One of the most important aspects of a well-run HOA is establishing financial and structural security. Primarily, that security applies towards an HOA that maintains the financial stability and careful planning necessary. Board members play a crucial role in providing this type of security within an HOA through HOA reserve funds.
What is an HOA Reserve Fund?
To understand what an HOA reserve fund is, think about spending and costs within an HOA in short and long-term. It’s best to keep expected and unexpected costs in mind. An operating fund is what details the daily costs of an HOA.
The operating fund’s main purpose is to provide the board with ample funds to pay for items like routine maintenance costs or administrative supplies.
An operating fund is the expected costs that the board establishes a budget for based upon its generated income. The operational fund works like any other bank account, and the board members can use it to absorb any costs.
An HOA’s reserve fund primarily focuses on preparation and security. This provides ample funds necessary for costly projects within an HOA.
These projects include emergency maintenance issues and renovation projects the board has planned for. Board members play a crucial role in raising enough funds over time to cover potential costs.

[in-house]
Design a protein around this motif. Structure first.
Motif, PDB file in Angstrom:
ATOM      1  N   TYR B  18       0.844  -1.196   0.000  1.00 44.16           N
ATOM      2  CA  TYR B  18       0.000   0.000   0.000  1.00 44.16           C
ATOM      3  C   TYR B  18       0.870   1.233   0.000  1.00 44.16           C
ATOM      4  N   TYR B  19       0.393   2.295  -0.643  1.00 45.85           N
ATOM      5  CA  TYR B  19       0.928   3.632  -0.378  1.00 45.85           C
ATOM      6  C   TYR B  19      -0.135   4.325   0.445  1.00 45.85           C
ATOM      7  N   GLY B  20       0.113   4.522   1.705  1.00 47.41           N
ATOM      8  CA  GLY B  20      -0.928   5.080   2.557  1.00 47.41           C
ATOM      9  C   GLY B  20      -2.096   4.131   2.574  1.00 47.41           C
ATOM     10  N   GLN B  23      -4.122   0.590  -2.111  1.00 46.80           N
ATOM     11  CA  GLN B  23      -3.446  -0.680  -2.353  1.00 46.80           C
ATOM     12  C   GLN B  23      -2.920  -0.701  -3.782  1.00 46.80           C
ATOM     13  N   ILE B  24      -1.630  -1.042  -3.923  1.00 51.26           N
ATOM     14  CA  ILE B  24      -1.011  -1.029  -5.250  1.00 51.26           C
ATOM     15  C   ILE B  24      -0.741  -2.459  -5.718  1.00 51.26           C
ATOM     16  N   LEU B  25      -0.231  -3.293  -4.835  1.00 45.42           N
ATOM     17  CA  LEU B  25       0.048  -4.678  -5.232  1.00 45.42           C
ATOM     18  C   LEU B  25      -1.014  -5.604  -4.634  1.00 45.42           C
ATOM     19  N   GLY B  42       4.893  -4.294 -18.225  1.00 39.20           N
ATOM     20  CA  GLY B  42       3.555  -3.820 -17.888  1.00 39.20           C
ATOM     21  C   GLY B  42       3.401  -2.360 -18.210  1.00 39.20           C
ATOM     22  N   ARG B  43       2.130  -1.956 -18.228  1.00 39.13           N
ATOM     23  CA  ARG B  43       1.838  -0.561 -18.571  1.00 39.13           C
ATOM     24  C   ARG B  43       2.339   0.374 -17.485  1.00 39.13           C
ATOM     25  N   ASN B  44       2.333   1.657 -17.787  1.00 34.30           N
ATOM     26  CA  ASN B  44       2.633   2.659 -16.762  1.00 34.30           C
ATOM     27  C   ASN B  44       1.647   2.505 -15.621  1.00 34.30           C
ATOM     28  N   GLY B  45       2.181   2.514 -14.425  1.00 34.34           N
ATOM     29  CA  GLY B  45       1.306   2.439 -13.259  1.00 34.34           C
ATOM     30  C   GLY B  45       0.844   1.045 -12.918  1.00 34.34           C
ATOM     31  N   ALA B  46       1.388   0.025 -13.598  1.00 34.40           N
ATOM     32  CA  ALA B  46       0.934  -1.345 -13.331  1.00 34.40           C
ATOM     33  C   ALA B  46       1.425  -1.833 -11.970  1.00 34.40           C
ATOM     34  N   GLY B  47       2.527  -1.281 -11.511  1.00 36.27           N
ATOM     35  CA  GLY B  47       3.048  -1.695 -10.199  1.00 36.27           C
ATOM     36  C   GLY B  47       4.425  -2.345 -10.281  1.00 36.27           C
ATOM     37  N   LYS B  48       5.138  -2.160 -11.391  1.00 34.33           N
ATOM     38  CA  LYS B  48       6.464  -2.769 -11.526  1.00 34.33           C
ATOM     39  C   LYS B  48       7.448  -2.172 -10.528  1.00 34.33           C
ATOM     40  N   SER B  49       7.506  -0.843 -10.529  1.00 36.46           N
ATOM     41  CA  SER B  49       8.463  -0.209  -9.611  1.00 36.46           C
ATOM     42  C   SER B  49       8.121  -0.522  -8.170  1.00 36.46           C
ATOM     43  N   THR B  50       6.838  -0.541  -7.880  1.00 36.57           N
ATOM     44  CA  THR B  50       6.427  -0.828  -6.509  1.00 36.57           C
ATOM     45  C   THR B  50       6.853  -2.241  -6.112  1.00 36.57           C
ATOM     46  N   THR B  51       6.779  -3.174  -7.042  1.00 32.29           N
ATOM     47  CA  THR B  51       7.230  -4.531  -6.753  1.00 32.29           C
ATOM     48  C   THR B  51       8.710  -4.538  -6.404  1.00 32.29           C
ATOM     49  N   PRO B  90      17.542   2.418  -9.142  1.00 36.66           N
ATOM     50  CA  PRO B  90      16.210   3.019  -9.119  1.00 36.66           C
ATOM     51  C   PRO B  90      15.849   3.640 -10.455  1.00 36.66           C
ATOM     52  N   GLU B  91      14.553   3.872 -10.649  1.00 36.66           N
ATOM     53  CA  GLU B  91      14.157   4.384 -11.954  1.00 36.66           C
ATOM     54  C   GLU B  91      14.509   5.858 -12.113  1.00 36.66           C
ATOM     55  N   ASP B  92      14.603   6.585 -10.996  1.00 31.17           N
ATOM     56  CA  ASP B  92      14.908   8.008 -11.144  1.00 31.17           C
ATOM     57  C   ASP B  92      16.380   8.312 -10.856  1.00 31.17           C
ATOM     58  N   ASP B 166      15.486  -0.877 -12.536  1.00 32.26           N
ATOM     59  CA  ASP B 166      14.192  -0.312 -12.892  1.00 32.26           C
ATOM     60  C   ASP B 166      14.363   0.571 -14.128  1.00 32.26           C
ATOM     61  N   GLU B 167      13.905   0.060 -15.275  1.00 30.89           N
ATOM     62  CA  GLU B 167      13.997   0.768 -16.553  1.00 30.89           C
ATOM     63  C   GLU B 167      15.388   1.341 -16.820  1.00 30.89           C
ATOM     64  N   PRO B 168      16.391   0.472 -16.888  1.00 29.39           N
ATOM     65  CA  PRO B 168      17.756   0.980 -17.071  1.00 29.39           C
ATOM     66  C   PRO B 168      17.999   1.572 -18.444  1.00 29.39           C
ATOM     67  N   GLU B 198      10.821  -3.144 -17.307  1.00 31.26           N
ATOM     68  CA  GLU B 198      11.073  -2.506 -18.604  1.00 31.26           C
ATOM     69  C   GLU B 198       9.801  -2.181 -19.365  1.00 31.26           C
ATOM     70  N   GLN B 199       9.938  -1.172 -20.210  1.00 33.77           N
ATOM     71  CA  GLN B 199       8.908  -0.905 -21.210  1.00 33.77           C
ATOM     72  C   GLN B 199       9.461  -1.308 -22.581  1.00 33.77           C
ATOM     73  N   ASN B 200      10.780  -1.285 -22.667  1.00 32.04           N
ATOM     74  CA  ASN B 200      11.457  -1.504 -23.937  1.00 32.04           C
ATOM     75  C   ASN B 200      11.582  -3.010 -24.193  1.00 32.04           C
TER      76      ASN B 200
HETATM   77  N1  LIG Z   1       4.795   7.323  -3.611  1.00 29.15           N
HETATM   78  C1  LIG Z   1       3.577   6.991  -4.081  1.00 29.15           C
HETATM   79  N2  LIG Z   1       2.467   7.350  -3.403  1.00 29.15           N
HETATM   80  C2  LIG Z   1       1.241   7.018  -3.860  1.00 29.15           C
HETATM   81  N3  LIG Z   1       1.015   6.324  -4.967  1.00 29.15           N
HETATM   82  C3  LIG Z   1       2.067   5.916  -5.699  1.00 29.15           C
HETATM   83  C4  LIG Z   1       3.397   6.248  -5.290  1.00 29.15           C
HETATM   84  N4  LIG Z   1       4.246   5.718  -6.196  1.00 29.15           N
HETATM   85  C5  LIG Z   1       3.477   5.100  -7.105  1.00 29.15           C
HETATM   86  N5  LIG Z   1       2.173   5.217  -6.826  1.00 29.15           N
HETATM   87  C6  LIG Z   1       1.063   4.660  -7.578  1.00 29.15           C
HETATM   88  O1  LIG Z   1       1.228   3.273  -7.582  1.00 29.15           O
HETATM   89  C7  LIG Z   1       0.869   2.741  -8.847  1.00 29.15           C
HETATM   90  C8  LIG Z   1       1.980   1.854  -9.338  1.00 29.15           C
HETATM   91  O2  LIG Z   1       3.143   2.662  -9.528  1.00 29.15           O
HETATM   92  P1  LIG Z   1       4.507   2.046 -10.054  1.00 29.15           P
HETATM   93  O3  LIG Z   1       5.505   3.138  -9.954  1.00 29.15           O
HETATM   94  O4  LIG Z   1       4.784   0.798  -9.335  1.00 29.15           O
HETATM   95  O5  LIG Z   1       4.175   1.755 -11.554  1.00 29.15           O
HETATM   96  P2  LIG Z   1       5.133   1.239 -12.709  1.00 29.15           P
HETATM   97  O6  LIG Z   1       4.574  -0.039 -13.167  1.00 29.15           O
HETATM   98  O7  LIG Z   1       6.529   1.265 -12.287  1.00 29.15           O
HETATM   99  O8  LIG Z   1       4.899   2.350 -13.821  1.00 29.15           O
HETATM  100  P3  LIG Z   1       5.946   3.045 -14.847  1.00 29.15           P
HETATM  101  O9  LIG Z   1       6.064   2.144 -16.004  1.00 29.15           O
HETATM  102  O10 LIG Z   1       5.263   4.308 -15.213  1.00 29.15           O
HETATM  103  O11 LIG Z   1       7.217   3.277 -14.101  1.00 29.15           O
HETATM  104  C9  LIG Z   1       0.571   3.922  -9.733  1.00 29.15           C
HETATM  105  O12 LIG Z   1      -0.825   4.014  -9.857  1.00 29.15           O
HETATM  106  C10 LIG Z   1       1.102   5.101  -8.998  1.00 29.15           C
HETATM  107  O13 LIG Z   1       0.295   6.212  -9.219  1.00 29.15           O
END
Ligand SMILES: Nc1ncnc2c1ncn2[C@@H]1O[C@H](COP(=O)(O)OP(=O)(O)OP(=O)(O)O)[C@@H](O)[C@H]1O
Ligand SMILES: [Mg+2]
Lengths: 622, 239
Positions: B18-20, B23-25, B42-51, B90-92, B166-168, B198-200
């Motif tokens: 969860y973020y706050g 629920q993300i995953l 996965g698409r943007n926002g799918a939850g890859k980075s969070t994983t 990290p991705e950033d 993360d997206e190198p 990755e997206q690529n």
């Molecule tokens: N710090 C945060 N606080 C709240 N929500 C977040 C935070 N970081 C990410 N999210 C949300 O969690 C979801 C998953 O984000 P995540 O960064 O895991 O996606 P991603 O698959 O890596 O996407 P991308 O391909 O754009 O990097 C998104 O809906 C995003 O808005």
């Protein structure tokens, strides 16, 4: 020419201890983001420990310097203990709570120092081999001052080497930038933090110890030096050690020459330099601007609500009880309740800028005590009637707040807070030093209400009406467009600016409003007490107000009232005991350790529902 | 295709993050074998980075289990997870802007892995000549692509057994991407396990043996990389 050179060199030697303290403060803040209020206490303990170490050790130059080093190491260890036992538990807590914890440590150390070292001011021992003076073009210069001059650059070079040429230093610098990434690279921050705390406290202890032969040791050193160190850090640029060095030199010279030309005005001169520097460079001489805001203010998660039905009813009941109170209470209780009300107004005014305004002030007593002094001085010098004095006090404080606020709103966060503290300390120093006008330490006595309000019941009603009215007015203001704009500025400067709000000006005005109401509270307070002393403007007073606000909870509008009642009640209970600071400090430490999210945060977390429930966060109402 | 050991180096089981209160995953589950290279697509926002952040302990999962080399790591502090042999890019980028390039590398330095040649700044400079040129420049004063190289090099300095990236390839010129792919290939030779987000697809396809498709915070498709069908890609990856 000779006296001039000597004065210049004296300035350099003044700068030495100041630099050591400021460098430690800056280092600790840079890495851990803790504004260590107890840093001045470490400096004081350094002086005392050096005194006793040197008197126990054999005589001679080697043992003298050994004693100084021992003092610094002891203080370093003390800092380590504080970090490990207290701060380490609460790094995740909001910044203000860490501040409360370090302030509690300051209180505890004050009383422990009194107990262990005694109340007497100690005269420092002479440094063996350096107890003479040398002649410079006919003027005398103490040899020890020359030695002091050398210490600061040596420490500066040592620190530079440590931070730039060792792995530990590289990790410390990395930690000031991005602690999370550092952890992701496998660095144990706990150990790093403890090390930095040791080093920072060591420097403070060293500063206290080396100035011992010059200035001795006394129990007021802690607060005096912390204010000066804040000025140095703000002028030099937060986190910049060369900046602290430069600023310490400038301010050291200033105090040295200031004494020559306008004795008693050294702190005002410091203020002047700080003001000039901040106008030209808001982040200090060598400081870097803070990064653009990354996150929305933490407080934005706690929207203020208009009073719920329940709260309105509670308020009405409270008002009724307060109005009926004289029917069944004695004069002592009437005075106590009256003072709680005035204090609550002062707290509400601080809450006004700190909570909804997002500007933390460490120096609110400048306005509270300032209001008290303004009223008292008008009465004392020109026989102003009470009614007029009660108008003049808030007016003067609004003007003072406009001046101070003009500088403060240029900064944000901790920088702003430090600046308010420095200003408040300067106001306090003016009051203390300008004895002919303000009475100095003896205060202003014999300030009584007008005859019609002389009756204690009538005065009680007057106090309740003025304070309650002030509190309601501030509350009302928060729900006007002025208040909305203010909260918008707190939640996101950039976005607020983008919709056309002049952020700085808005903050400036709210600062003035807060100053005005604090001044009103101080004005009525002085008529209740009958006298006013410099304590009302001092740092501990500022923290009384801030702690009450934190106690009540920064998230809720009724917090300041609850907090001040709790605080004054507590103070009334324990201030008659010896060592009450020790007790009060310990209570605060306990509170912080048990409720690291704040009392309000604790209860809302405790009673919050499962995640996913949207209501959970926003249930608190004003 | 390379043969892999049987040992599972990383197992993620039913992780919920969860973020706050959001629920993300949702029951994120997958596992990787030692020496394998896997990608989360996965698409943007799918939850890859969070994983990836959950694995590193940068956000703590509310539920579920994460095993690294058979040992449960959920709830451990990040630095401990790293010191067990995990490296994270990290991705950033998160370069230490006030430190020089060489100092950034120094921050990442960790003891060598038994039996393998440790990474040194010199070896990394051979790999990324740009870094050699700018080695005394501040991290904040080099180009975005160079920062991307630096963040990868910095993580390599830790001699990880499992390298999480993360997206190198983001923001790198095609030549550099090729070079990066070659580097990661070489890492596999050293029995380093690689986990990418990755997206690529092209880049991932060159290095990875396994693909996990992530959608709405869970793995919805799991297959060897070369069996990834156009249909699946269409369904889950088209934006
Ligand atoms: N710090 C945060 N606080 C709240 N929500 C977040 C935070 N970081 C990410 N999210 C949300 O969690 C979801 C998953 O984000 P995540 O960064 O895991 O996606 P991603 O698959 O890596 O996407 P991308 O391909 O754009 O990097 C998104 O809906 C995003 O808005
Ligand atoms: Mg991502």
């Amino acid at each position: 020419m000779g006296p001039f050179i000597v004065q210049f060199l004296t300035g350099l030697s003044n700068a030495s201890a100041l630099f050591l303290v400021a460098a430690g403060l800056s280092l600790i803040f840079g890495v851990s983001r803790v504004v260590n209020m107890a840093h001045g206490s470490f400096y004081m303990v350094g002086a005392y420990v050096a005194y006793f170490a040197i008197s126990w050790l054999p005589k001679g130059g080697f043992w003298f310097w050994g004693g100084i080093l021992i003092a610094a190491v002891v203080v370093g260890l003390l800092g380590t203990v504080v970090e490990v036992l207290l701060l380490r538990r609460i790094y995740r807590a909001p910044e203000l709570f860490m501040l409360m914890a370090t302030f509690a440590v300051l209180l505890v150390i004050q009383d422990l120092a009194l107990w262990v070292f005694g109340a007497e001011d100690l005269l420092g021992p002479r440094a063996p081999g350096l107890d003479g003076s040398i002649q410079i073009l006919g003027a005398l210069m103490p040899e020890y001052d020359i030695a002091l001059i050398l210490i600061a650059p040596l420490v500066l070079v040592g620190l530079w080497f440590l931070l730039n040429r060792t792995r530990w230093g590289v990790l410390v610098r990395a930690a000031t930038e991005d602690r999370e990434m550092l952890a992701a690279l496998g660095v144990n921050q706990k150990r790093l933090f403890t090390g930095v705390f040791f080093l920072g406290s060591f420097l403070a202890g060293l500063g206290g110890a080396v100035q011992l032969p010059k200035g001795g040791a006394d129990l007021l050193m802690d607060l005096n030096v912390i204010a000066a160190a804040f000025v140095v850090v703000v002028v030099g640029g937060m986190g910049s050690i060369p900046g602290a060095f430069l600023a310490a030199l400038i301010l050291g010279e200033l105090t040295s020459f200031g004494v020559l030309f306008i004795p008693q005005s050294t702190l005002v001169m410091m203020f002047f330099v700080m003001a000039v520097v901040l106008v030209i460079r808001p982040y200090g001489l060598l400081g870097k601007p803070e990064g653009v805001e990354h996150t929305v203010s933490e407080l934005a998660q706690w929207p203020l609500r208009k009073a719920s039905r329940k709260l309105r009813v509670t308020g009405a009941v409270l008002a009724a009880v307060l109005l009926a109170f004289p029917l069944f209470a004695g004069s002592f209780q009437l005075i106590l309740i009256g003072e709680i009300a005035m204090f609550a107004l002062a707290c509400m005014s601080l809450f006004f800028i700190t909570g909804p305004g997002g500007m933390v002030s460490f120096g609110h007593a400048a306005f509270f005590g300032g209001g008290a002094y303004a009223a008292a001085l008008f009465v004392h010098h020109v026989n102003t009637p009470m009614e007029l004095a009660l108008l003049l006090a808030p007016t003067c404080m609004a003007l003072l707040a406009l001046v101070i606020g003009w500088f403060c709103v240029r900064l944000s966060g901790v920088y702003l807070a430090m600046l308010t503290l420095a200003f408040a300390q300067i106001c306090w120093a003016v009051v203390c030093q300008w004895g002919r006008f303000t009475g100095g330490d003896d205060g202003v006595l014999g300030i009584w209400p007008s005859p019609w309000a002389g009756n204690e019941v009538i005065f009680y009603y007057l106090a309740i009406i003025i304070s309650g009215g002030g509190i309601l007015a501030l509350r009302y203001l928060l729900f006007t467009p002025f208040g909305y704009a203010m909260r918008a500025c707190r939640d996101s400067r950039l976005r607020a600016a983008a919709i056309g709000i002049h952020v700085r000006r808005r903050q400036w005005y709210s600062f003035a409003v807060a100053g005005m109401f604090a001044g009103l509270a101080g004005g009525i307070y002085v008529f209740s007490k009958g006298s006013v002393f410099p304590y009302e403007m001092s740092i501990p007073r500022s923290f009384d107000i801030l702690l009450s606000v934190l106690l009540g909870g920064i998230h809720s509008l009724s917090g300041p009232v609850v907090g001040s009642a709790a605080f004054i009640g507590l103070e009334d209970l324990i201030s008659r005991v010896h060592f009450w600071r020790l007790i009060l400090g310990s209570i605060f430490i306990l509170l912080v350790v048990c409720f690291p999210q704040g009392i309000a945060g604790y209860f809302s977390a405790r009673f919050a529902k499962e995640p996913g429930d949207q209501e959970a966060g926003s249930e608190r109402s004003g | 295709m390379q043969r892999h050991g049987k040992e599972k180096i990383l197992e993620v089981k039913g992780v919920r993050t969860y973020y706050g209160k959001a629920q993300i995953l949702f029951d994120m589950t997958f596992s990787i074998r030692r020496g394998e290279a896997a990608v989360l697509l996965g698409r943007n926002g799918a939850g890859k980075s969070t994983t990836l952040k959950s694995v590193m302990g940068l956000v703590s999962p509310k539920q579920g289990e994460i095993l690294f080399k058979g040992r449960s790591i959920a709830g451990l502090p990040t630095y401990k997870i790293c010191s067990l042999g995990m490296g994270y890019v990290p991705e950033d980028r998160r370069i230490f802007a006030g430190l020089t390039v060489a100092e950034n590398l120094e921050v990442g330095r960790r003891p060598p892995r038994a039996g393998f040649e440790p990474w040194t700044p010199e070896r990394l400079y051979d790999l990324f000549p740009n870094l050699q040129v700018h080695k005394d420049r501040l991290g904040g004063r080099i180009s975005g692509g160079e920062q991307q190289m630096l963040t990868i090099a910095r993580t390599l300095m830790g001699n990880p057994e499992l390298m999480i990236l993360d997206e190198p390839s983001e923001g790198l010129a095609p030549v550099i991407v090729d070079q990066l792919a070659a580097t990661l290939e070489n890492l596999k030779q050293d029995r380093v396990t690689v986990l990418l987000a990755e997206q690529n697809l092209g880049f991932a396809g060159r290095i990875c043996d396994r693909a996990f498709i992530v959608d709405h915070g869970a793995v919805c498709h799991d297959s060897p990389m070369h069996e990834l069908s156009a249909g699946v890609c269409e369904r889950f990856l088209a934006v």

Typical uses of the reserve fund can include:
- repairing structural issues within the community: landscaping, roofing, or construction
- remodeling of amenities or properties, or any other expense that wouldn’t be accounted for in an HOA’s budget
There is always the inevitability of usage and natural decay to structures that HOA boards need to prepare themselves for financially.
How do you determine the necessary amount an HOA Reserve Fund needs?
The trickiest aspect of establishing the HOA reserve fund is understanding the size and scope of an HOA. Rather than there being a set number of dollars that every HOA must have, board members must instead:
- determine potential long-term needs
- what dollar amount would give the board spend
- strategize how the board plans to raise funds within the community
A useful tool known as a reserve study can assist in solidifying an HOA’s needs.
A reserve study is an evaluation designed to help establish which areas of the HOA that board members need to repair, rebuild, or replace.
This evaluation is a comprehensive approach that takes the guesswork out of reserve fund budgeting. Boards may not have experience handling budgets. The third party approach assures an objective analysis of where the board should start. Estimations and financial calculations through consistent study kickstart the process that assists board members, raising money for the reserve fund.
Once figures are established, the board has to raise enough money through a gradual collection process with its residents.
Say the reserve study estimates that within 5-10 years a complete renovation of the community dog park will be necessary. It could cost anywhere between $15,000-20,000. Now, the board faces a choice: alter yearly or monthly budgetary expenses or raise money through resident dues. A combination of both could work as well.